I totally needed this kind of letter as a high-schooler,
My fascination with love starts at the wonder of fairytales and later becomes “matured” through chick-flicks. Sprinkle in some romance novels and main-stream media offers us their impeccable ideas of love, “happily ever after,” and “soulmates” that is in dire need of debunking. I slowly fasted from the chick-flicks and realized they all had the same plot #Hallmark…
It’s not that romance and love are in themselves ruthless, because love is a greatest of all things, and I believe there is a transcendent spark that lies between many people, but there are false ideas of what it’s going to “do” to us that breed this “sugary” expectation of what love is.
An expectation that leads us questioning our relationships if they’re not perfect. An expectation that there is one person in the entire world that was made for us and will satisfy us.
Breaking News: A relationship will never satisfy you
Before we can answer the soulmate question let’s clear the air. Some people think, “When I find the right person, I won’t be empty anymore. That person needs to just come along and take care of all my emotional needs and then I’ll be happy in life.” If this is a thought you have let’s rethink it for the sake of your sanity.
We should never think a relationship or another person is going to complete us, for no one on this Earth is a being of perfected love. That is God’s job. Sure, your significant other IS supposed to be your better half, make you smile, and adds meaning to your life, but this better half is the person who motivates you, inspires you, uplifts you, and leads you to God—they are not God.
How about soulmates? –Is that actually a thing?
Firstly, you’re never going to marry a perfect person, that is, a person free of fault. And when the wedding rings are on spouses fingers a miraculous “altar-switch” is not flicked. That is, your life becomes burden free. Or you’re not suddenly unattracted to other people.
Your entrance into heaven is a wedding feast of perfect union, but until then, anyone you have a relationship with is going to be imperfect. But! The beauty is, the person God calls them to be (their interests, desires, connection, attractions, and goals) is going to be seen as “perfect” in your eyes and you’ll get to share that and experience it. So the trials you face, challenges you meet, and hard times you face are all motivated by love and meant to teach you love.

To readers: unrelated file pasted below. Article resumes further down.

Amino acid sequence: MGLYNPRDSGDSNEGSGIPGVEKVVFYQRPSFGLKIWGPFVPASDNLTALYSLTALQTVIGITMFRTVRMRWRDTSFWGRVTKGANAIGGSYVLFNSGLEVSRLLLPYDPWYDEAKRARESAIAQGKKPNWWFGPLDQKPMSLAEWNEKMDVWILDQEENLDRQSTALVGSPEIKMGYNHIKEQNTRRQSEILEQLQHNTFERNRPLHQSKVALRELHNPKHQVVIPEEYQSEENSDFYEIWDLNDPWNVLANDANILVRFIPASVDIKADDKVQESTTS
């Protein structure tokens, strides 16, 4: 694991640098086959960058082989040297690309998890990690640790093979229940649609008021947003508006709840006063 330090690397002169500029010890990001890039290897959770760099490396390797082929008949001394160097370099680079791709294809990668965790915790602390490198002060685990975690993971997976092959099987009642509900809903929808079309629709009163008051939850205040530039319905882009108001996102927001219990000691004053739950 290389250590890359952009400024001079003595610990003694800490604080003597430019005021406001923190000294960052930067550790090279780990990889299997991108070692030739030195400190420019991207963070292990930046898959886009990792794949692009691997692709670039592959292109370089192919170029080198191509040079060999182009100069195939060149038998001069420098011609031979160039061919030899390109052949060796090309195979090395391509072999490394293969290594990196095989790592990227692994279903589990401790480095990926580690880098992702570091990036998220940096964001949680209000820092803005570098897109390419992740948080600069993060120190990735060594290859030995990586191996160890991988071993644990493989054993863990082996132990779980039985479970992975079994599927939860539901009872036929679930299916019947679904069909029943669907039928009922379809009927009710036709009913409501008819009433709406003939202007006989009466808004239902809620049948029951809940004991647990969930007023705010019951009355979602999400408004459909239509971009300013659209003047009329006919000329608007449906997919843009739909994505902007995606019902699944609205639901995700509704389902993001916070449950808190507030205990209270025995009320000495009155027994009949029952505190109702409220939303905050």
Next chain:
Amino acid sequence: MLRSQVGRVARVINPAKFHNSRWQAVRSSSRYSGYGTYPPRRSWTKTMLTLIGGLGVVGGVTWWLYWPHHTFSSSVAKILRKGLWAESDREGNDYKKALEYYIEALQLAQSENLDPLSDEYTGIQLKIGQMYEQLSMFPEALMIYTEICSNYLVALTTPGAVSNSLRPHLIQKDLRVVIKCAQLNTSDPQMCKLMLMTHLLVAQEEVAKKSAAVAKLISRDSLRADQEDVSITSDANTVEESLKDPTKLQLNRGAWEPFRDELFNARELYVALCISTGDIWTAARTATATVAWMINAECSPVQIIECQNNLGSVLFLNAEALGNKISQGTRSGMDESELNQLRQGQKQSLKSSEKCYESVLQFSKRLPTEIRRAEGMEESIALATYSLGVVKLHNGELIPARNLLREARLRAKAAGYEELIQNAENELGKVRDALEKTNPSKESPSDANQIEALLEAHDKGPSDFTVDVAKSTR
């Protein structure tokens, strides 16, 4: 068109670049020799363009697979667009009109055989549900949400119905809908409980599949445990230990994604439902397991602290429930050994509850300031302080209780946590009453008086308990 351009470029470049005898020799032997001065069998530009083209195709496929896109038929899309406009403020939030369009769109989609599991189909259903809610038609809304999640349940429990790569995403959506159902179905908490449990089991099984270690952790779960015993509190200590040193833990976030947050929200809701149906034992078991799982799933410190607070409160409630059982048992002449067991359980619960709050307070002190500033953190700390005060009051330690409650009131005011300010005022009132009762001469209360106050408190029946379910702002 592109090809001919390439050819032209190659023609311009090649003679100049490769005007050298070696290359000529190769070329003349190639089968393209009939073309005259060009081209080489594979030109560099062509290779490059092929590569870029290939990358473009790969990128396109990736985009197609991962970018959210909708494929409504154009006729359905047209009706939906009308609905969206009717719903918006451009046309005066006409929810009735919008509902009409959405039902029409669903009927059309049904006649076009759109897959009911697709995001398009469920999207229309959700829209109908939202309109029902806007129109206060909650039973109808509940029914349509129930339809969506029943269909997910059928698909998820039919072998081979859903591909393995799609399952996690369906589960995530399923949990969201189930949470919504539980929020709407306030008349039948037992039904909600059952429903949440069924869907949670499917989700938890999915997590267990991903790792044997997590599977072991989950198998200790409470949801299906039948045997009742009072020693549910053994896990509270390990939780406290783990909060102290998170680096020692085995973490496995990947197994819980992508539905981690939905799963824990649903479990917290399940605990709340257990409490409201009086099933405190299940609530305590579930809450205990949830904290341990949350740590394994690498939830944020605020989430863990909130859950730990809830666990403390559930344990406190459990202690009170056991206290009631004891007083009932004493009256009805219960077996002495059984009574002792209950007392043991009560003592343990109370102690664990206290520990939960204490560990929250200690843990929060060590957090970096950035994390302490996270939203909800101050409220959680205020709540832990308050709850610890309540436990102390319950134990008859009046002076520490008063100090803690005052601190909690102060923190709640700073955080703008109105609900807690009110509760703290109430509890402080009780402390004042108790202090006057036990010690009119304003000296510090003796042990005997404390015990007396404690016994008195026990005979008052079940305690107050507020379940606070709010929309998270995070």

Compatibility is often brought up in this, as it should. The word “compatible” comes from the Latin com-pati, which means “to suffer with.” Successful marriages and relationships are not rooted in “perfect” bliss and a perfect person but instead a little suffering, hardships, and struggles test the love and deepen your love. It’s choosing to love an imperfect person.
Sometimes, the “perfect” love story comes with suffering—does that make it any less perfect? Does this make the other person any less appealing to you? No. True love motivates you during the suffering.
“Marriage is a perpetual exercise of mortification.” –St. Francis de Sales.
We believe in an active God—one Who created the world and participates in it. Therefore, through divine providence, God introduces us to potential mates. Therefore, if we ask God to answer a desire for relationship and let Him work on that, He shows us a man or woman He see’s us fit with. (How awesome.)
But, the idea that there is only one person you are destined to marry is contrary to free will in many ways. That said, because of free will, you also play an active role and participation in God’s plan for you. Simply understood, yes God gifts us this request, takes our desires, brings two people together, and in the end those two people have a decision to keep a commitment.
How, when, and why does God choose to play the role of “cupid?”
Well, only God can answer this. I guess maybe He sees the direction of our lives, the efforts we make in our faith, and the desires of our heart and intervenes. It is said that St. Anne (grandmother of Jesus) was praying for a faithful husband at the same time St. Joachim was praying for a beautiful wife and then they immaculately conceived Mary…
Also, in the book of Tobit, we clearly see that Tobias and Sarah we’re praying for their lives to end cause they were miserable and unhappy, but God created a plan B and led them to each other thanks to St. Raphael the Archangel. Likewise, how awesome that God let the betrothed love of Mary and Joseph become so blessed as to entrust the son of God to their relationship. These are practical ways God works via relationships.
So, like everything God offers us in life, we only let it happen to the extent that we want to make room for it and open our eyes to it.
Nothing, even the people we meet and become drawn to and cling to, is a coincidence. It’s a “God-incidence.” It is God’s hands working FOR you, and we must actively participate in receiving His gift of other people. It is God’s way of saying, “I will show my love for you through this person.”
God is not a God that forces us to do anything, let alone forces us to marry or be in relationship. But since it is a beautiful desire and sacrament, one that opens the depths of our hearts and leads to unity in such a pure and wholesome way, He blesses it so abundantly (again, if we ask Him).
“God doesn’t promise that you’ll find the person who makes you the happiest, but if you remain open to His will, you’ll discover the person who will make you the holiest—and this will bring you more joy in the end than any plan you could have concocted without Him. Your soul will be sanctified through this mate . . . and in my opinion, that’s God’s idea of blessing you with a soulmate.” –Jason Evert
Praying that you never settle in your relationships and that you open your heart to the plan God ordains through relationships!
Post dedicated to St. Anne ♥